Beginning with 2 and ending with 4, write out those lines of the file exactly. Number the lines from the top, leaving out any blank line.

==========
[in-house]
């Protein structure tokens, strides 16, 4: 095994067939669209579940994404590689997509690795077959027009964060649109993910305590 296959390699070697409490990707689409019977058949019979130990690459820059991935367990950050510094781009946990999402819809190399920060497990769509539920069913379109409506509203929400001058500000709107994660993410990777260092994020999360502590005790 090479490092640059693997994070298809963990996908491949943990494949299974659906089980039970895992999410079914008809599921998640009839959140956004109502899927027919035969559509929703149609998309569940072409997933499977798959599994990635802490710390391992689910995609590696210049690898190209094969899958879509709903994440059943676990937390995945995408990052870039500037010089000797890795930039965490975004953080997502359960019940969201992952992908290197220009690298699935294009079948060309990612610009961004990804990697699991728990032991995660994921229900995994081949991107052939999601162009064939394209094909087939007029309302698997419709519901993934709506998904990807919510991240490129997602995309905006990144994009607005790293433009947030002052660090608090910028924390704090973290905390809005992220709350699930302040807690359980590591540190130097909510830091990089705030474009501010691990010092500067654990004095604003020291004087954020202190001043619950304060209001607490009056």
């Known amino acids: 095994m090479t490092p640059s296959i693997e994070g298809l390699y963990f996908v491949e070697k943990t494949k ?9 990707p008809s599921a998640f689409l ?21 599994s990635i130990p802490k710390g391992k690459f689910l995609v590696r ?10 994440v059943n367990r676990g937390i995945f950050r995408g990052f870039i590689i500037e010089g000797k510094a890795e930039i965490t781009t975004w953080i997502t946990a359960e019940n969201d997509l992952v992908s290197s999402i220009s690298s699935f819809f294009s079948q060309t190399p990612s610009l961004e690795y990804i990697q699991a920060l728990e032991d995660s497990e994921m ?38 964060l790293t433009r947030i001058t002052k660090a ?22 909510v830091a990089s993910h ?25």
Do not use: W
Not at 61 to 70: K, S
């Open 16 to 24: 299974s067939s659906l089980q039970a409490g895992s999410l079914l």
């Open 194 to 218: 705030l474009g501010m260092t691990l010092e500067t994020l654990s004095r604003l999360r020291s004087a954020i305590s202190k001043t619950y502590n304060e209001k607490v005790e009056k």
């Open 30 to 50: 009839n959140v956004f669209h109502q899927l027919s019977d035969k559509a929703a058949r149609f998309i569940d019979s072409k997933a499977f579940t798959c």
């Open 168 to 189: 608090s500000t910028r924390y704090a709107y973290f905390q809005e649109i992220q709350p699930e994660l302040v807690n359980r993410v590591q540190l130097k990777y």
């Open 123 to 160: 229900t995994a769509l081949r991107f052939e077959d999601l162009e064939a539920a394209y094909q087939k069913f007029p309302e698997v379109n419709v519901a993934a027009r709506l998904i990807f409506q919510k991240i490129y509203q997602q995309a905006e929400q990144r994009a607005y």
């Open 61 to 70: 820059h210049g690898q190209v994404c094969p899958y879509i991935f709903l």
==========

């Protein structure tokens, strides 16, 4: 095994067939669209579940994404590689997509690795077959027009964060649109993910305590 296959390699070697409490990707689409019977058949019979130990690459820059991935367990950050510094781009946990999402819809190399920060497990769509539920069913379109409506509203929400001058500000709107994660993410990777260092994020999360502590005790 090479490092640059693997994070298809963990996908491949943990494949299974659906089980039970895992999410079914008809599921998640009839959140956004109502899927027919035969559509929703149609998309569940072409997933499977798959599994990635802490710390391992689910995609590696210049690898190209094969899958879509709903994440059943676990937390995945995408990052870039500037010089000797890795930039965490975004953080997502359960019940969201992952992908290197220009690298699935294009079948060309990612610009961004990804990697699991728990032991995660994921229900995994081949991107052939999601162009064939394209094909087939007029309302698997419709519901993934709506998904990807919510991240490129997602995309905006990144994009607005790293433009947030002052660090608090910028924390704090973290905390809005992220709350699930302040807690359980590591540190130097909510830091990089705030474009501010691990010092500067654990004095604003020291004087954020202190001043619950304060209001607490009056």
């Known amino acids: 095994m090479t490092p640059s296959i693997e994070g298809l390699y963990f996908v491949e070697k943990t494949k ?9 990707p008809s599921a998640f689409l ?21 599994s990635i130990p802490k710390g391992k690459f689910l995609v590696r ?10 994440v059943n367990r676990g937390i995945f950050r995408g990052f870039i590689i500037e010089g000797k510094a890795e930039i965490t781009t975004w953080i997502t946990a359960e019940n969201d997509l992952v992908s290197s999402i220009s690298s699935f819809f294009s079948q060309t190399p990612s610009l961004e690795y990804i990697q699991a920060l728990e032991d995660s497990e994921m ?38 964060l790293t433009r947030i001058t002052k660090a ?22 909510v830091a990089s993910h ?25």
Do not use: W